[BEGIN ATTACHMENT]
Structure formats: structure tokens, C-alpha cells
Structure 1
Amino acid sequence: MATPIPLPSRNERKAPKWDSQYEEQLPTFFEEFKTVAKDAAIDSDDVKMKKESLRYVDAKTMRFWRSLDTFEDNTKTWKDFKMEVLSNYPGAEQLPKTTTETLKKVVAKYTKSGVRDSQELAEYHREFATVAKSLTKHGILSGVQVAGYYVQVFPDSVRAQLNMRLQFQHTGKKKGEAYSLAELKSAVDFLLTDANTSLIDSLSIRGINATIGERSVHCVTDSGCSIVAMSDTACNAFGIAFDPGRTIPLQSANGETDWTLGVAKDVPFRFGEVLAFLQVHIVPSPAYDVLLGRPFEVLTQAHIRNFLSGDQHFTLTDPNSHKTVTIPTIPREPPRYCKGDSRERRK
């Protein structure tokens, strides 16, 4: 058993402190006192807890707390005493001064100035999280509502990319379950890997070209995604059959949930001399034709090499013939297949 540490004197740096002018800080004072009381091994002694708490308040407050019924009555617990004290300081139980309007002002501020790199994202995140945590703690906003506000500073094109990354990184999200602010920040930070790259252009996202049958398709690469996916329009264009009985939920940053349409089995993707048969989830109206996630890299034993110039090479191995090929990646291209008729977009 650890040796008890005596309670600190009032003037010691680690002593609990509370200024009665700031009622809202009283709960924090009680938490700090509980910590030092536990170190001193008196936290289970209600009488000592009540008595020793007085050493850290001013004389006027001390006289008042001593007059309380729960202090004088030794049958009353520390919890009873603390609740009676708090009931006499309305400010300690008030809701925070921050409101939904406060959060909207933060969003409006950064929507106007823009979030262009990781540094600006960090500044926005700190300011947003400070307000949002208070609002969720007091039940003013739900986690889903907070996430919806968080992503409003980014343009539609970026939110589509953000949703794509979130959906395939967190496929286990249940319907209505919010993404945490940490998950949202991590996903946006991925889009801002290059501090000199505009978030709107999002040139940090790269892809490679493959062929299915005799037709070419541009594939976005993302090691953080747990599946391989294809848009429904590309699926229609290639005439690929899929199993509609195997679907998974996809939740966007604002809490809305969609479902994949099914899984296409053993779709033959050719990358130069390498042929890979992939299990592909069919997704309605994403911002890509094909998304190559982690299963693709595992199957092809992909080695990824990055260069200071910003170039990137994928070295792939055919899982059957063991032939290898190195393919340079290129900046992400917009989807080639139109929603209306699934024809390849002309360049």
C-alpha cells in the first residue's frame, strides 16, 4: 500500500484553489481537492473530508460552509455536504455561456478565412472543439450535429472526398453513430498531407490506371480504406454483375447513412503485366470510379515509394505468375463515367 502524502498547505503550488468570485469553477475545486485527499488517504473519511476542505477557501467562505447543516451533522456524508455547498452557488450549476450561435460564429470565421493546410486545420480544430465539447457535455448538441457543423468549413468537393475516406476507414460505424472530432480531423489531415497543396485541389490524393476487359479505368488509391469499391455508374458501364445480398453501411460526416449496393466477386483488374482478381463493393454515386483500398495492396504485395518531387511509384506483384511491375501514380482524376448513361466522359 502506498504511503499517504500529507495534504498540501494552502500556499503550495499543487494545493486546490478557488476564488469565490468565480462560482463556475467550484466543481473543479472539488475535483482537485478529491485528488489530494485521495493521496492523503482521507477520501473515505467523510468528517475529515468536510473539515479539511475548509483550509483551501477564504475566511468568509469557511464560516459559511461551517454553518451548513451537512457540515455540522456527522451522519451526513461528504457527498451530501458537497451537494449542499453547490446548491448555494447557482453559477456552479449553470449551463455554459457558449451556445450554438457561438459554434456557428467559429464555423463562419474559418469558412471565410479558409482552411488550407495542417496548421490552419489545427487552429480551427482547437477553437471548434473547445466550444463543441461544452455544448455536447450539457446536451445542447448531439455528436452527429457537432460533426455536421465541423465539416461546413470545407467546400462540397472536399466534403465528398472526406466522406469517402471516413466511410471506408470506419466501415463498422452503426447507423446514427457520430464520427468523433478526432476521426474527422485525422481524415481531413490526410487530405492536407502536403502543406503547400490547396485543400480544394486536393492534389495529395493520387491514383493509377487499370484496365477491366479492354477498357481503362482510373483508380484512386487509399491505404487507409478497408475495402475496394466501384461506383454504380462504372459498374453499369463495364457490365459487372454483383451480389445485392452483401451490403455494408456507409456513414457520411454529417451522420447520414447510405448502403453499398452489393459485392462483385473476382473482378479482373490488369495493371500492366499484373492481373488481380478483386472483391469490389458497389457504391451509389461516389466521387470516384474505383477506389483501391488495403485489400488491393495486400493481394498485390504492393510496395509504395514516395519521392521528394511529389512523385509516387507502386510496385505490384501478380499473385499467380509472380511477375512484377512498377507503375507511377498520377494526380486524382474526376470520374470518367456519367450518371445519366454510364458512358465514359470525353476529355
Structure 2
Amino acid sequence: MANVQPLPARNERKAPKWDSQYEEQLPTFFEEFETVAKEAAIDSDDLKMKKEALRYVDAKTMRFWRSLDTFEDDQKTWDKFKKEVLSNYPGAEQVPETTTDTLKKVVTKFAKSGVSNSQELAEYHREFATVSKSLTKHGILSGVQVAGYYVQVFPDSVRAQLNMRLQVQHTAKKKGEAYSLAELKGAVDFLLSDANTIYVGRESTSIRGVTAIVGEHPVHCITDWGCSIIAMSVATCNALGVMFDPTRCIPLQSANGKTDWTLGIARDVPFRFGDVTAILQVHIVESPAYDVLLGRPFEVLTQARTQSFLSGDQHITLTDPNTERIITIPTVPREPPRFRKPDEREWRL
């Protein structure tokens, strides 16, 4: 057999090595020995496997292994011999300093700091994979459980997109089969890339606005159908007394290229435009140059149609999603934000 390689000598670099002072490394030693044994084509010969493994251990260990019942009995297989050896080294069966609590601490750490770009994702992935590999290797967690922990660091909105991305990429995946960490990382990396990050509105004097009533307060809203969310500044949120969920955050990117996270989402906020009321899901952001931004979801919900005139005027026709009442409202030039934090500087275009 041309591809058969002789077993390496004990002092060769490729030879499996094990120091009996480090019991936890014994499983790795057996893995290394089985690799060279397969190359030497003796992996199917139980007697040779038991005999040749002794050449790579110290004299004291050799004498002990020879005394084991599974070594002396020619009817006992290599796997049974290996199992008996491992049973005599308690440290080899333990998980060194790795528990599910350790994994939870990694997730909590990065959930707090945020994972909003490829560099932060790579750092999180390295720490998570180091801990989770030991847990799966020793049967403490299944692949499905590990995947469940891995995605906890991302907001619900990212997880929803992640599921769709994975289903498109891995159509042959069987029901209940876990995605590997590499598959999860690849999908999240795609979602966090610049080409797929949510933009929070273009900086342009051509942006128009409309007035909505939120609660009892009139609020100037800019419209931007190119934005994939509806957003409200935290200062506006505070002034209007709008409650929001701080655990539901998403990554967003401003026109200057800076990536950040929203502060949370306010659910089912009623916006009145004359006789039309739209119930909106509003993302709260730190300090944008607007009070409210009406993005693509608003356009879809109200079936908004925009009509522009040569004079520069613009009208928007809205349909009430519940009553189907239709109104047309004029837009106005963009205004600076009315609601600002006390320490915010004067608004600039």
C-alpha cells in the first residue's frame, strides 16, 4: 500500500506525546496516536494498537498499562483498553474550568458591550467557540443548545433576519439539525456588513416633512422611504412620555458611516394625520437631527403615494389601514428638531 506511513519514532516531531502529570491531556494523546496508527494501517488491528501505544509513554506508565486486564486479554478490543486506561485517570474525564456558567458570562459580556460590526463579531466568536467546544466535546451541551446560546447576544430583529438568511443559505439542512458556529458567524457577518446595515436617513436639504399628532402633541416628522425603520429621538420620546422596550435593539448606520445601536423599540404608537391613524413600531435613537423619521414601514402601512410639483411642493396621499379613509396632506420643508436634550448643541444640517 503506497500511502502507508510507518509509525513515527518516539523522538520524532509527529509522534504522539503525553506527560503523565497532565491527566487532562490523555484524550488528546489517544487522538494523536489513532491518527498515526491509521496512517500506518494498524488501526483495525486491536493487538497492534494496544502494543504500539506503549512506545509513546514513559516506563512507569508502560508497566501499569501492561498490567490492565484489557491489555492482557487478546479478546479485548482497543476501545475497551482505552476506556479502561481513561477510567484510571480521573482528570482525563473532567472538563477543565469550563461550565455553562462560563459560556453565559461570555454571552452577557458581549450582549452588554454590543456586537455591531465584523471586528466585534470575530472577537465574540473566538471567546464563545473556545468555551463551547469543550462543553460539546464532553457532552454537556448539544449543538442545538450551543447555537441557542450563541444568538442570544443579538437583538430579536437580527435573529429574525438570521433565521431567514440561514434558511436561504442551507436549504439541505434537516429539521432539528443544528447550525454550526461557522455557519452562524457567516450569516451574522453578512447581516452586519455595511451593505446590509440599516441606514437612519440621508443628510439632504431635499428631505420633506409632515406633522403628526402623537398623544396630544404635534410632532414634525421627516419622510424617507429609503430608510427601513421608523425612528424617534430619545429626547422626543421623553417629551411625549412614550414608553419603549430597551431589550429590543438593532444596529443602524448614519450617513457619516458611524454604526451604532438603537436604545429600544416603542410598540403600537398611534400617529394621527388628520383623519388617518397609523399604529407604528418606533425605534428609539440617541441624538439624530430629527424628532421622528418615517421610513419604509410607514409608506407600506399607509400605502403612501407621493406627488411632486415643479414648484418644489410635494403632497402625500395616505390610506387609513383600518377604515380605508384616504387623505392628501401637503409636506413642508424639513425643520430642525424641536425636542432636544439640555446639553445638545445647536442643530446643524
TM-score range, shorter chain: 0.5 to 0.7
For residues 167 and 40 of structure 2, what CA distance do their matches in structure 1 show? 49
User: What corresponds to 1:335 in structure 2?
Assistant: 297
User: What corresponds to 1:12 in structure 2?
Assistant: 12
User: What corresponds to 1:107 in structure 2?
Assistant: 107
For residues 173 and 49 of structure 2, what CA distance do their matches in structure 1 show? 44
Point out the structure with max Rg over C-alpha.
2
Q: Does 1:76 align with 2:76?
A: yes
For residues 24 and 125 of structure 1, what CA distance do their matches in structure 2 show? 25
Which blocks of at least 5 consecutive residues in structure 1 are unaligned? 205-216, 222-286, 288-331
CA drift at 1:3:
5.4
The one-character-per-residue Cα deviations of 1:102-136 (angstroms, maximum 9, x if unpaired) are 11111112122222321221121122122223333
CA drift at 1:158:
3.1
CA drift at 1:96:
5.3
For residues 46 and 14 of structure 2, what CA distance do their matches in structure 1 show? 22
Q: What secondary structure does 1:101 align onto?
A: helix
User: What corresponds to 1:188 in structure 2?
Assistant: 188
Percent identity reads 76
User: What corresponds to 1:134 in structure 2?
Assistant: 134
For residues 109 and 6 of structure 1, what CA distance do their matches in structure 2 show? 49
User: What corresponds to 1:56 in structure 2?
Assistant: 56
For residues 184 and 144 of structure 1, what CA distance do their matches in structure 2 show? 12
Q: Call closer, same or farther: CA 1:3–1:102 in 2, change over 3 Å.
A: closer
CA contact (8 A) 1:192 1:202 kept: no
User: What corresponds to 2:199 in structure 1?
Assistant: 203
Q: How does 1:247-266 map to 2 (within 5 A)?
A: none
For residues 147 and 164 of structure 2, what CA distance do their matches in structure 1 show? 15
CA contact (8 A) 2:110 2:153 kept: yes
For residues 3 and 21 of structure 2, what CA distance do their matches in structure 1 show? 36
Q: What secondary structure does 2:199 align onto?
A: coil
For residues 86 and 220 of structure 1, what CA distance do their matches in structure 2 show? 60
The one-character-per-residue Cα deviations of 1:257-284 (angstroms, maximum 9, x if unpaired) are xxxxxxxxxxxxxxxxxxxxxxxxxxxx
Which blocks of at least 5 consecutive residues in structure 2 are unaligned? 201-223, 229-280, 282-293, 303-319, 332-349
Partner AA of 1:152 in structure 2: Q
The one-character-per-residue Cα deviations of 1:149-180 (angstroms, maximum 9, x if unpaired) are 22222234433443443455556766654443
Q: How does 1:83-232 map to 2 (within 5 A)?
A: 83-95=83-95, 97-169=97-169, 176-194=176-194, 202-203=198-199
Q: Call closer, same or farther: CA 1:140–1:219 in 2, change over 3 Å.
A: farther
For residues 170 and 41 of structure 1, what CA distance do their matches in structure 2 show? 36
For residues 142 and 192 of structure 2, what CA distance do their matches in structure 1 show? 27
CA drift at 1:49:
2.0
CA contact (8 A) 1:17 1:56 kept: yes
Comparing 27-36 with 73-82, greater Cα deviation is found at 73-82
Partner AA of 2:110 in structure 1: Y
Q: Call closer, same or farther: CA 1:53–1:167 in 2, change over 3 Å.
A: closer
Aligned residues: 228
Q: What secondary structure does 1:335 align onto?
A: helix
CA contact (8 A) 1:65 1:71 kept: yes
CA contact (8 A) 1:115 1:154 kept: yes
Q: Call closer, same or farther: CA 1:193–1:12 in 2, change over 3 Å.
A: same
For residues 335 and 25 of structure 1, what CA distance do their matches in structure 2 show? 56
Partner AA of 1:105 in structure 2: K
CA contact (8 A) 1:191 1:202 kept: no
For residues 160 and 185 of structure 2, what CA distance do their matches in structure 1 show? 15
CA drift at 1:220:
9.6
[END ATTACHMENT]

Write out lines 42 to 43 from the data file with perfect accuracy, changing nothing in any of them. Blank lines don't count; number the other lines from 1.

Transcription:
Assistant: 56
For residues 184 and 144 of structure 1, what CA distance do their matches in structure 2 show? 12